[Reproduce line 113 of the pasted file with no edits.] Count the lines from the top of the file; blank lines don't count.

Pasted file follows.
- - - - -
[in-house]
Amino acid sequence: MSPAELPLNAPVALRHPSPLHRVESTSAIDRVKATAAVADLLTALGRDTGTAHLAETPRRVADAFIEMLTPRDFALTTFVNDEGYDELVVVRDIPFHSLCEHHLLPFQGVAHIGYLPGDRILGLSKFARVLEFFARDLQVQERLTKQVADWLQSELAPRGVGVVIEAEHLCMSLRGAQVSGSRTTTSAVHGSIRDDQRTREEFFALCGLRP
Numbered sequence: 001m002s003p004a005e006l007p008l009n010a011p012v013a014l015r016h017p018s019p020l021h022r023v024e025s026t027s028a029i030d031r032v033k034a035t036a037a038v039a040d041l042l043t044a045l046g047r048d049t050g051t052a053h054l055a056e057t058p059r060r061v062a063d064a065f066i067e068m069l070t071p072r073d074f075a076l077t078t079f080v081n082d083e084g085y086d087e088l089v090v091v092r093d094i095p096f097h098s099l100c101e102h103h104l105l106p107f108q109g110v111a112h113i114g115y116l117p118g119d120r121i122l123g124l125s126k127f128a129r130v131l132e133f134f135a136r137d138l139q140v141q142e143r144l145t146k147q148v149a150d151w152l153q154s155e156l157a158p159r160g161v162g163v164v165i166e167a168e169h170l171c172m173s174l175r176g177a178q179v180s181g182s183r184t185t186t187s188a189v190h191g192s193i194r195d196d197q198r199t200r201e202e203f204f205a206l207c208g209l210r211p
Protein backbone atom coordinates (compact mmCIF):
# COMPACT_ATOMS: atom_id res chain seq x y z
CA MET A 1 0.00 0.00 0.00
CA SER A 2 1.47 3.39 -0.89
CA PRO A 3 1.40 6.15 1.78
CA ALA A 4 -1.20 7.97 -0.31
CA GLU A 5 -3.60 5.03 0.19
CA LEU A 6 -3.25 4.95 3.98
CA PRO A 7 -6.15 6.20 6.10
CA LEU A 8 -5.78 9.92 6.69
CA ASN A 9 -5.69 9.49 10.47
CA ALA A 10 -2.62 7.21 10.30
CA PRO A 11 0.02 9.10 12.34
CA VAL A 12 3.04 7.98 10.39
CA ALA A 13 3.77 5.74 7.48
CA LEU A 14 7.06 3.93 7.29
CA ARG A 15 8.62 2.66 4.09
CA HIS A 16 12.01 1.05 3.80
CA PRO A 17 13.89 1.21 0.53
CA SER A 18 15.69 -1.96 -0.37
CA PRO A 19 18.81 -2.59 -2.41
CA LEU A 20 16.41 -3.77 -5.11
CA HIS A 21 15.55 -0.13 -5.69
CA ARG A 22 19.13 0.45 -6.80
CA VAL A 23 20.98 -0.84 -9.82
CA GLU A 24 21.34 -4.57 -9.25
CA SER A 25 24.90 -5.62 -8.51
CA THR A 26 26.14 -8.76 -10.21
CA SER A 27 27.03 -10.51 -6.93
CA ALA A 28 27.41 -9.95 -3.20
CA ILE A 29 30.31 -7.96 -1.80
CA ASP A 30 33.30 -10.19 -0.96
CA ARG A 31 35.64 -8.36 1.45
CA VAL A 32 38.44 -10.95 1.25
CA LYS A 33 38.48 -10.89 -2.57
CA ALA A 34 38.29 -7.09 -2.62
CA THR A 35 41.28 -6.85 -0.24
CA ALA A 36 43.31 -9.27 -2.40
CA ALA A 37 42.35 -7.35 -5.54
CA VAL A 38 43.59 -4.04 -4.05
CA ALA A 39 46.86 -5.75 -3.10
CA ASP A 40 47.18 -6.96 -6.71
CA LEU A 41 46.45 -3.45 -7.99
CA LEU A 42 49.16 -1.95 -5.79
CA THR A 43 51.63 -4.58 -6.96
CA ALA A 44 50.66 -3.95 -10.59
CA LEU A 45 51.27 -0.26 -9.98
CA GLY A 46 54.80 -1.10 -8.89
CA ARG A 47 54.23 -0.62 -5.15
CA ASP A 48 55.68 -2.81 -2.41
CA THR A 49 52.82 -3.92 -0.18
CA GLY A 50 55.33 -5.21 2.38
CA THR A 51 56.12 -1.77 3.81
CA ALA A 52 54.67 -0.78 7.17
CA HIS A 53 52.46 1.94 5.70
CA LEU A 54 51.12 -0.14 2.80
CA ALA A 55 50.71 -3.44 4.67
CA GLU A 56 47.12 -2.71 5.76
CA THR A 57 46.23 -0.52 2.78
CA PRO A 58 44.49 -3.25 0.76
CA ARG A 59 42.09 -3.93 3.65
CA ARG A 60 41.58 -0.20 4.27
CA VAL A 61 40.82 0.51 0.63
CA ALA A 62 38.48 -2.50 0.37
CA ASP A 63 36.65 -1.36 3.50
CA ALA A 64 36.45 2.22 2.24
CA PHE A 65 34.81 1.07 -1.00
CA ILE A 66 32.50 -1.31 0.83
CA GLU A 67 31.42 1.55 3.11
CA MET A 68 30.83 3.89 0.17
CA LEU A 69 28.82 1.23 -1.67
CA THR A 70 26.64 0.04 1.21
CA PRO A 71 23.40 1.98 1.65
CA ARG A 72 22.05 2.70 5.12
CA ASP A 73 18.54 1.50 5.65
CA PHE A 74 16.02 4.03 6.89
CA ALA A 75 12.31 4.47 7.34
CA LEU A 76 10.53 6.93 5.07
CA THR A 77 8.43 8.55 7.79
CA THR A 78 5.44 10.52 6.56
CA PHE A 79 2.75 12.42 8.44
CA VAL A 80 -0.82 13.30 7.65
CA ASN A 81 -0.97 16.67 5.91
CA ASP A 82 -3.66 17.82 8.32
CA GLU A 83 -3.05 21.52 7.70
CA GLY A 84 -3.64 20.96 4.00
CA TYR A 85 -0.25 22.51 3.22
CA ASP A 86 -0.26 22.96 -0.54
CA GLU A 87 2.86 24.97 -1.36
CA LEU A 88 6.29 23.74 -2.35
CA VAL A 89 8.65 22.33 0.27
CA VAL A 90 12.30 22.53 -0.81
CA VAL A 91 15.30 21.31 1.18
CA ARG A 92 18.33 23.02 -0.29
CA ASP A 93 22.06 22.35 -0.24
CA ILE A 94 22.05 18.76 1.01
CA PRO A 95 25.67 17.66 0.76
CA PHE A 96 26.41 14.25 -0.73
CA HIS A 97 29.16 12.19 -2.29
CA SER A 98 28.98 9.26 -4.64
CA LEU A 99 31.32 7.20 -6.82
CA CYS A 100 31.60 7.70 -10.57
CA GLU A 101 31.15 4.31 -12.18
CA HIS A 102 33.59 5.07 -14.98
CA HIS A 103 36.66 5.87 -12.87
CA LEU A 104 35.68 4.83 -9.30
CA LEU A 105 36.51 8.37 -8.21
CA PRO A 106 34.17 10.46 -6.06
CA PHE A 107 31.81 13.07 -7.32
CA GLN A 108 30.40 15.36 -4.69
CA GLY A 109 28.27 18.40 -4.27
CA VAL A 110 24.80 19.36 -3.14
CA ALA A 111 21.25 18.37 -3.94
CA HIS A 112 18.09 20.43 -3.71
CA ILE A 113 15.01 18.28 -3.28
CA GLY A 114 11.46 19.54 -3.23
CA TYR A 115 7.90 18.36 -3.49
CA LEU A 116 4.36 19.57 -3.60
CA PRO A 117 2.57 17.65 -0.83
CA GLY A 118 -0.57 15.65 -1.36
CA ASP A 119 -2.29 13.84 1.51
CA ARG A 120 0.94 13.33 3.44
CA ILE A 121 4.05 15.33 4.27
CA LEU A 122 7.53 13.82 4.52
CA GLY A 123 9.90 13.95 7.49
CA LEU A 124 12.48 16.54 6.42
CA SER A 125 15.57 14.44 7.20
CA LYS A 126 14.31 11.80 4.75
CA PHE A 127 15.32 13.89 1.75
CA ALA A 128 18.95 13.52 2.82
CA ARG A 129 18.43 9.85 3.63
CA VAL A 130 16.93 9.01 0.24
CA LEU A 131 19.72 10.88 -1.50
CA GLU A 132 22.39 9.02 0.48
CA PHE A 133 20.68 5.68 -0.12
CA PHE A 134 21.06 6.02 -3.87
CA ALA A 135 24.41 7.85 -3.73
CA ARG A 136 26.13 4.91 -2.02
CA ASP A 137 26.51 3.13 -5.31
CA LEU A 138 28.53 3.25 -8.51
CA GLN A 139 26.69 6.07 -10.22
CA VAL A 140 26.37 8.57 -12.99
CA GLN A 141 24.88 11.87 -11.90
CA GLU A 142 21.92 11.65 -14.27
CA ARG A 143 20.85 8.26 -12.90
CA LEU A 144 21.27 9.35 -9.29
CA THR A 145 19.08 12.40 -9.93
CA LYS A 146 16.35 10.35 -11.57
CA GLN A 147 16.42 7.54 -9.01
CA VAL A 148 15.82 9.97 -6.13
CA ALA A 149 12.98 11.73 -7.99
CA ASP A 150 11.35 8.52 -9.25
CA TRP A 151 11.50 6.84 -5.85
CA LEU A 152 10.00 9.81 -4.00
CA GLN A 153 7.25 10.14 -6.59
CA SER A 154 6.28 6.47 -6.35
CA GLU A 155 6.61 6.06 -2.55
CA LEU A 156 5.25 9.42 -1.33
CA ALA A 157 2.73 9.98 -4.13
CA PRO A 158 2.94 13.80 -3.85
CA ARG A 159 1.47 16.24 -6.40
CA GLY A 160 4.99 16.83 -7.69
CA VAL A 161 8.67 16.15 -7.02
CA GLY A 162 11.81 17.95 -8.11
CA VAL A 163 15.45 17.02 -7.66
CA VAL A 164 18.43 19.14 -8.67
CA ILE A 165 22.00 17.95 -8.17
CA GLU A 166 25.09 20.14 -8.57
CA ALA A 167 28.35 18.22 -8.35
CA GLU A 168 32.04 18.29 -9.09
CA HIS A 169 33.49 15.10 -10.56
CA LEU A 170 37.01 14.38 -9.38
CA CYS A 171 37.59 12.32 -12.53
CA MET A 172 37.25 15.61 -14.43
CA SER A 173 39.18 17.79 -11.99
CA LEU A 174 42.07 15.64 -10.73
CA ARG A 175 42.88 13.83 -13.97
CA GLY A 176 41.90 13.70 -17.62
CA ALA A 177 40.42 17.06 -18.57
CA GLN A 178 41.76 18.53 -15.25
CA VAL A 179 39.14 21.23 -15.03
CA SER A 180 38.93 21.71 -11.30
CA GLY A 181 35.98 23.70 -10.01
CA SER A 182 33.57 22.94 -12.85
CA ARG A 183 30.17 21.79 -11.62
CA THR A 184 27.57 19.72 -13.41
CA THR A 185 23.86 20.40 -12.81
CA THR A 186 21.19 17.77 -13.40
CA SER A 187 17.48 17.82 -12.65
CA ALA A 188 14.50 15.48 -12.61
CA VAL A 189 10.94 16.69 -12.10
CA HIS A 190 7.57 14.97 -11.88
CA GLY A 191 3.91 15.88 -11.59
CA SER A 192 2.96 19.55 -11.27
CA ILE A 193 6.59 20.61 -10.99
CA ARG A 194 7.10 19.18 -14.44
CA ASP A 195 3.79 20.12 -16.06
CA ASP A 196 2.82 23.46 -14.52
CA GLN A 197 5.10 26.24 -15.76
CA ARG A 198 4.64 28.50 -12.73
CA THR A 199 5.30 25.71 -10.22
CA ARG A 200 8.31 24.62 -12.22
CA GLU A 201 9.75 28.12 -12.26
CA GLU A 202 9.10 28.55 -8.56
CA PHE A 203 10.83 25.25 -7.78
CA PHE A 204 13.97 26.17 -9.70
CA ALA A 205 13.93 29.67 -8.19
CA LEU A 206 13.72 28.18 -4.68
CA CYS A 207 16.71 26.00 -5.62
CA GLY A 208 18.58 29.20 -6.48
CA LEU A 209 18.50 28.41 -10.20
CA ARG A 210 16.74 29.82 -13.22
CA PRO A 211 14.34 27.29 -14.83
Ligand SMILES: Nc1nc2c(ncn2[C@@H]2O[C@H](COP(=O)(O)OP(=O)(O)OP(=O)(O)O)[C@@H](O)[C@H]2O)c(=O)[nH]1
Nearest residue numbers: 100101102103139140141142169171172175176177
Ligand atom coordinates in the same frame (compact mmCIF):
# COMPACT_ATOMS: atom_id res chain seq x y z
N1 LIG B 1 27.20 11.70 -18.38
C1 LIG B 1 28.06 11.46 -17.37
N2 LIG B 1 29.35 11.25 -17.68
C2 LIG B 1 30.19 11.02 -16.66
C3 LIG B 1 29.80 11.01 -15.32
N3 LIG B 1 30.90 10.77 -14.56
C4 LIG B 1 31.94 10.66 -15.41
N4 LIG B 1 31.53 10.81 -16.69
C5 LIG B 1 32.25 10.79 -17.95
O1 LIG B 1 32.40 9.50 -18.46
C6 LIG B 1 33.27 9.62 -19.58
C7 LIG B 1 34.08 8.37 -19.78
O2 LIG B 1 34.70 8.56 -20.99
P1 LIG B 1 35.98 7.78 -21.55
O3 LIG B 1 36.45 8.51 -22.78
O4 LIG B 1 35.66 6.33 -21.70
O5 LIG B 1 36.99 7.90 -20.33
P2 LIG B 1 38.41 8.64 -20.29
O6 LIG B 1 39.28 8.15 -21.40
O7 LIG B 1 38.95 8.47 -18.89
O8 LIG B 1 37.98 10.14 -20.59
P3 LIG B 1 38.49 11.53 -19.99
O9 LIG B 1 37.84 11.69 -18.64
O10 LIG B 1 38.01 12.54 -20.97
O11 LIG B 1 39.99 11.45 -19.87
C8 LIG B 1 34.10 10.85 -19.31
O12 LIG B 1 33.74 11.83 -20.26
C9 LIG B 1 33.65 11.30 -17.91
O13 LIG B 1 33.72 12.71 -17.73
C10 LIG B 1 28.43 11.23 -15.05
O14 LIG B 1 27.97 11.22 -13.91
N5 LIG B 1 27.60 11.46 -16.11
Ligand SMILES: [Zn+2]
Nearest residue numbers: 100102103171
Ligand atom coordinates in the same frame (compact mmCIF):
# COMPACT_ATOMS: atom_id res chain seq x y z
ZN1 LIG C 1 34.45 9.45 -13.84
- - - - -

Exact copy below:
CA GLN A 108 30.40 15.36 -4.69